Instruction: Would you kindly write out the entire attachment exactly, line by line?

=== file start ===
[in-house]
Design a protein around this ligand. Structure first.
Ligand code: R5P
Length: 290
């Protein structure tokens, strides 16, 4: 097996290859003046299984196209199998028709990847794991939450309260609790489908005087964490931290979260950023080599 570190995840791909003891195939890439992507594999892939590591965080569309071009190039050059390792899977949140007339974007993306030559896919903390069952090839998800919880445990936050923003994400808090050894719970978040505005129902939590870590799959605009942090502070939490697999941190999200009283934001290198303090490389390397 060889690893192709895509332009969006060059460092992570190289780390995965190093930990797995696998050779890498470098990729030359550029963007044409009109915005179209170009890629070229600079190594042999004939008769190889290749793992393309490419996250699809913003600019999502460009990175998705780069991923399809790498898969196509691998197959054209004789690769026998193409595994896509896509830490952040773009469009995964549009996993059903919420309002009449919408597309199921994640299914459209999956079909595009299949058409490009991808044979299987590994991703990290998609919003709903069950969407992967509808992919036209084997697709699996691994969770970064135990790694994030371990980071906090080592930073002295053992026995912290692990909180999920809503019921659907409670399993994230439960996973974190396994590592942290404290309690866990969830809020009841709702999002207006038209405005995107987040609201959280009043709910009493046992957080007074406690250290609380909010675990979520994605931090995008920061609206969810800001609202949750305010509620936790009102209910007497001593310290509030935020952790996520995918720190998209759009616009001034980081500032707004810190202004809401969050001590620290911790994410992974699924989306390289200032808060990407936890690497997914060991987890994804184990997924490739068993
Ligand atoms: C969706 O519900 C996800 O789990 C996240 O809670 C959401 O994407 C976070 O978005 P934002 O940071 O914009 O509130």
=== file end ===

[in-house]
Design a protein around this ligand. Structure first.
Ligand code: R5P
Length: 290
């Protein structure tokens, strides 16, 4: 097996290859003046299984196209199998028709990847794991939450309260609790489908005087964490931290979260950023080599 570190995840791909003891195939890439992507594999892939590591965080569309071009190039050059390792899977949140007339974007993306030559896919903390069952090839998800919880445990936050923003994400808090050894719970978040505005129902939590870590799959605009942090502070939490697999941190999200009283934001290198303090490389390397 060889690893192709895509332009969006060059460092992570190289780390995965190093930990797995696998050779890498470098990729030359550029963007044409009109915005179209170009890629070229600079190594042999004939008769190889290749793992393309490419996250699809913003600019999502460009990175998705780069991923399809790498898969196509691998197959054209004789690769026998193409595994896509896509830490952040773009469009995964549009996993059903919420309002009449919408597309199921994640299914459209999956079909595009299949058409490009991808044979299987590994991703990290998609919003709903069950969407992967509808992919036209084997697709699996691994969770970064135990790694994030371990980071906090080592930073002295053992026995912290692990909180999920809503019921659907409670399993994230439960996973974190396994590592942290404290309690866990969830809020009841709702999002207006038209405005995107987040609201959280009043709910009493046992957080007074406690250290609380909010675990979520994605931090995008920061609206969810800001609202949750305010509620936790009102209910007497001593310290509030935020952790996520995918720190998209759009616009001034980081500032707004810190202004809401969050001590620290911790994410992974699924989306390289200032808060990407936890690497997914060991987890994804184990997924490739068993
Ligand atoms: C969706 O519900 C996800 O789990 C996240 O809670 C959401 O994407 C976070 O978005 P934002 O940071 O914009 O509130």